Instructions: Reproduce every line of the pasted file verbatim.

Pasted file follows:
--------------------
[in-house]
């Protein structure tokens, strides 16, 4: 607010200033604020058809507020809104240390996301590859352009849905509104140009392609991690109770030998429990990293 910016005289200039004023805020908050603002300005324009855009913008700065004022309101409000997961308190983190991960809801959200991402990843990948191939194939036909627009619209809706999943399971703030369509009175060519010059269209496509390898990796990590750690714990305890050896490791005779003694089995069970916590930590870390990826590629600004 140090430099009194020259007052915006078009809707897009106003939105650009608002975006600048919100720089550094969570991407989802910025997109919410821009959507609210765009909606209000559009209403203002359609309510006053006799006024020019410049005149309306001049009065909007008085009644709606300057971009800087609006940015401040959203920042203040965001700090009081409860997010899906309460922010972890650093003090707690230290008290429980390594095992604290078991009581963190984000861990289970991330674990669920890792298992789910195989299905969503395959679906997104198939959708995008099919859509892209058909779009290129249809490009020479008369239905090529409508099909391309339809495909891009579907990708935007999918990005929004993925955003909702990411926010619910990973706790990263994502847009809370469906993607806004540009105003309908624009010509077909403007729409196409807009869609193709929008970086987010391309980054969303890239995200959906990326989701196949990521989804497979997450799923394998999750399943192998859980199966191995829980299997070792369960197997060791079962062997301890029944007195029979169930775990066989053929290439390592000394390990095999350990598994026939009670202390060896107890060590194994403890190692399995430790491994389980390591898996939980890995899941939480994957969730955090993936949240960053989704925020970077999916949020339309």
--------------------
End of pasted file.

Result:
[in-house]
């Protein structure tokens, strides 16, 4: 607010200033604020058809507020809104240390996301590859352009849905509104140009392609991690109770030998429990990293 910016005289200039004023805020908050603002300005324009855009913008700065004022309101409000997961308190983190991960809801959200991402990843990948191939194939036909627009619209809706999943399971703030369509009175060519010059269209496509390898990796990590750690714990305890050896490791005779003694089995069970916590930590870390990826590629600004 140090430099009194020259007052915006078009809707897009106003939105650009608002975006600048919100720089550094969570991407989802910025997109919410821009959507609210765009909606209000559009209403203002359609309510006053006799006024020019410049005149309306001049009065909007008085009644709606300057971009800087609006940015401040959203920042203040965001700090009081409860997010899906309460922010972890650093003090707690230290008290429980390594095992604290078991009581963190984000861990289970991330674990669920890792298992789910195989299905969503395959679906997104198939959708995008099919859509892209058909779009290129249809490009020479008369239905090529409508099909391309339809495909891009579907990708935007999918990005929004993925955003909702990411926010619910990973706790990263994502847009809370469906993607806004540009105003309908624009010509077909403007729409196409807009869609193709929008970086987010391309980054969303890239995200959906990326989701196949990521989804497979997450799923394998999750399943192998859980199966191995829980299997070792369960197997060791079962062997301890029944007195029979169930775990066989053929290439390592000394390990095999350990598994026939009670202390060896107890060590194994403890190692399995430790491994389980390591898996939980890995899941939480994957969730955090993936949240960053989704925020970077999916949020339309």